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Re: af_alg benchmarks and performance

From: Bruno Haible
Subject: Re: af_alg benchmarks and performance
Date: Tue, 08 May 2018 02:20:07 +0200
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What can we do to get the speedups but avoid the slowdowns, in the two
hairy cases
  - the afalg_buffer case,
  - the afalg_stream case with non-regular files?

The following approaches come to mind:

  * A "tuning" framework like the one from GMP. This is a set of benchmark
    programs that the developers use to determine the break-even points
    on a platform and write them into a platform-specific gmp-param.h file.

    Drawback: Who will have the time (and resources) to do this for the
    hundreds of x86_64 CPUs and the dozens of ARMs CPUs on the market?

  * A configure test that compares the speed of the two implementations
    and sets a flag in config.h accordingly.

    - This does not solve the issue for programs distributed through a Linux
    - The outcome of this configure test may depend on the load of the machine
      at the moment 'configure' runs.
    - Changes in the kernel (which are likely to arrive due to Meltdown,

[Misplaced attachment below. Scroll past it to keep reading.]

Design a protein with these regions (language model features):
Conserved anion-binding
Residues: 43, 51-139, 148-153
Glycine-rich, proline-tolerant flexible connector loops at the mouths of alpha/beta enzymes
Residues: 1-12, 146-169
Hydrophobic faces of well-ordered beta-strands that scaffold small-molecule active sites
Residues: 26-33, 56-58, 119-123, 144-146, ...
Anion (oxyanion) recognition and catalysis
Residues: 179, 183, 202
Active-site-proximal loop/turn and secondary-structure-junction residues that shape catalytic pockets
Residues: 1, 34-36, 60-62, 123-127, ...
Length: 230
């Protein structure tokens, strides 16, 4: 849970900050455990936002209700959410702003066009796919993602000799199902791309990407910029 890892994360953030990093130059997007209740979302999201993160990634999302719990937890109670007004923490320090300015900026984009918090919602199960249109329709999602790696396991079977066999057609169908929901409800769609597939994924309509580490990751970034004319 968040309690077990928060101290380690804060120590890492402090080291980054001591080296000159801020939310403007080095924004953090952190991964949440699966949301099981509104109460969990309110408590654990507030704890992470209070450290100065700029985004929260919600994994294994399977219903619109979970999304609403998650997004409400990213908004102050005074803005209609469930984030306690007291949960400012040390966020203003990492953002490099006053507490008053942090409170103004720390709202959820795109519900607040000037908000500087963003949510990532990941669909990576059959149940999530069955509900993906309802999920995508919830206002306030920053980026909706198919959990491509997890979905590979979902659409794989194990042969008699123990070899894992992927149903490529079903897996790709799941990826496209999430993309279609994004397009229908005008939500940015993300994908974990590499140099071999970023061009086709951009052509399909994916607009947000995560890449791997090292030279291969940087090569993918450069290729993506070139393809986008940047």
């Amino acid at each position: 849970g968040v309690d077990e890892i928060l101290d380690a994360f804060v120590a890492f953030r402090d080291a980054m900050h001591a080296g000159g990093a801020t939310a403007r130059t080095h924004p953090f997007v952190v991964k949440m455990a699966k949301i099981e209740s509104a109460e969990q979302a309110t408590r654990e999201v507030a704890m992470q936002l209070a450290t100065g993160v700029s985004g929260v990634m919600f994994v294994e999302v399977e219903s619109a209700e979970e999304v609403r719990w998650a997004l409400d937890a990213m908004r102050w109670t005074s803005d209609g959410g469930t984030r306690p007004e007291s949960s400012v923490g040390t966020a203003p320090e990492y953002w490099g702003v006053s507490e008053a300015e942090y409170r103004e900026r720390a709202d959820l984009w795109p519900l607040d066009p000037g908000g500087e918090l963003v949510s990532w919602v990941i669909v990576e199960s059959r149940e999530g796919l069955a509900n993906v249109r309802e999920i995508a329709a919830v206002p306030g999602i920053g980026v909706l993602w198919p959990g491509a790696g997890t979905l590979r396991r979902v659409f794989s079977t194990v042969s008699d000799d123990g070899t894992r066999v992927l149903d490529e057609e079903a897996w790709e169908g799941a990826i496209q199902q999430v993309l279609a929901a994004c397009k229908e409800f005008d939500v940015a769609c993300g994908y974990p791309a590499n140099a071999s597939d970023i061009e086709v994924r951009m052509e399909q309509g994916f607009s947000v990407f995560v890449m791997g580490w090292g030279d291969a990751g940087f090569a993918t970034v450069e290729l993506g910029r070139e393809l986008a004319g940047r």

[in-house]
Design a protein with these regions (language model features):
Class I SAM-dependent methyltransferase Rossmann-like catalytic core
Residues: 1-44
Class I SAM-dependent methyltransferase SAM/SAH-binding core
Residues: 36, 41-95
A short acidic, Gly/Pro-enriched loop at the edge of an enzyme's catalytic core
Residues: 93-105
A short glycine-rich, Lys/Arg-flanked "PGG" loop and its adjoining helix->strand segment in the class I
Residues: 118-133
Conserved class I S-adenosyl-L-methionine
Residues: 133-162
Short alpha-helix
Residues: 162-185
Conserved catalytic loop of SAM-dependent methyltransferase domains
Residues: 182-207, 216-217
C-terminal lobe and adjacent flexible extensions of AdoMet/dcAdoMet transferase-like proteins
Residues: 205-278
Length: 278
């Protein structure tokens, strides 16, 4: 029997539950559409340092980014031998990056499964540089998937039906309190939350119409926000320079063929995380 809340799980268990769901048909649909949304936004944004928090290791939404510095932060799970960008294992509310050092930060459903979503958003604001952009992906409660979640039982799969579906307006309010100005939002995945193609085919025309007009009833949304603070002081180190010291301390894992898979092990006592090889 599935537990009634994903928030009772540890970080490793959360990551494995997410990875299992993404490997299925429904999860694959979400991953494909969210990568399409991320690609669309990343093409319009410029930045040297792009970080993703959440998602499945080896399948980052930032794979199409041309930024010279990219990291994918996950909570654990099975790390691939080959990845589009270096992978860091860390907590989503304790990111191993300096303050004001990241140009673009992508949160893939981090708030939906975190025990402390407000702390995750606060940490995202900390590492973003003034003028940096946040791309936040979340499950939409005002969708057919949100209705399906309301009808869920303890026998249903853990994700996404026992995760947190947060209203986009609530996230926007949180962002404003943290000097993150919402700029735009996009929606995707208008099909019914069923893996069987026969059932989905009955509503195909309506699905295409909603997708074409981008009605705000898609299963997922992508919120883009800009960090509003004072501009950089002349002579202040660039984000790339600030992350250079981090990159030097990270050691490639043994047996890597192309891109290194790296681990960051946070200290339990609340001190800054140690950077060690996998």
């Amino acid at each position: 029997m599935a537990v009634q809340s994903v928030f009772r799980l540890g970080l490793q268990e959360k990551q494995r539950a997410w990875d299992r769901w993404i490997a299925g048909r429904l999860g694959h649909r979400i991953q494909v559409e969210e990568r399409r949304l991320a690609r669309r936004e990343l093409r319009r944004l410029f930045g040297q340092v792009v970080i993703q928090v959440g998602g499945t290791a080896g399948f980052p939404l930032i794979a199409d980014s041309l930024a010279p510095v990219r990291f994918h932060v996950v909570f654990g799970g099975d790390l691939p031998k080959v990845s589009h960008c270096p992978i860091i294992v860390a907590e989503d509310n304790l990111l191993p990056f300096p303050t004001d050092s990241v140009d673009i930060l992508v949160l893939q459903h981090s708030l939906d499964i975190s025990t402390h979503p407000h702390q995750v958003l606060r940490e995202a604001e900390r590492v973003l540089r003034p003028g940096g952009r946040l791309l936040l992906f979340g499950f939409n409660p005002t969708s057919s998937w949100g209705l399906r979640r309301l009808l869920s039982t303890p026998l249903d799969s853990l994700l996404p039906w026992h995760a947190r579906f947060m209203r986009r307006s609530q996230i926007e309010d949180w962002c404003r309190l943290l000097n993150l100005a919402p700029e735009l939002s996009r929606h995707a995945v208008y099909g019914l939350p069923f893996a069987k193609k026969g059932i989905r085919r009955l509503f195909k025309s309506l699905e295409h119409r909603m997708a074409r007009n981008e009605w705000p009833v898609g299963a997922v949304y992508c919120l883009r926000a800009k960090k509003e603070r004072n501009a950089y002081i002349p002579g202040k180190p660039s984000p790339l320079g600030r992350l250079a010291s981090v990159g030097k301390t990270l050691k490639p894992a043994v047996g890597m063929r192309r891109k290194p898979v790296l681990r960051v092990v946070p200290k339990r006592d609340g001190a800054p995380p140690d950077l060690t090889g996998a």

Spectre, and Spectre-NG fixes) will affect these comparisons.
    - It goes against the goals of "reproducible builds".

  * Use the kernel-provided meta-info about the algorithms to decide whether
    to use the kernel API.

    In detail: Read /proc/crypto at run time. It consists of records
    with fields (name, driver, module, priority, internal, type).
    - Consider only the records for the names we are interested in.
    - Eliminate records with module != "kernel" (since we are not ready to
      handle the situation that the module gets unloaded while af_alg.c
      iterates on the data).
    - No need to eliminate records with internal = "yes", since these have a
      name that starts with '__', thus are already eliminated.
    - Eliminate records with priority <= 100, because these are the generic
      implementations, that provide no significant speedup compared to the
      generic C implementation in gnulib (assuming the gnulib code was compiled
      with -O2).

    Drawback: Does not work if /proc is not mounted.

I would favour the third approach.


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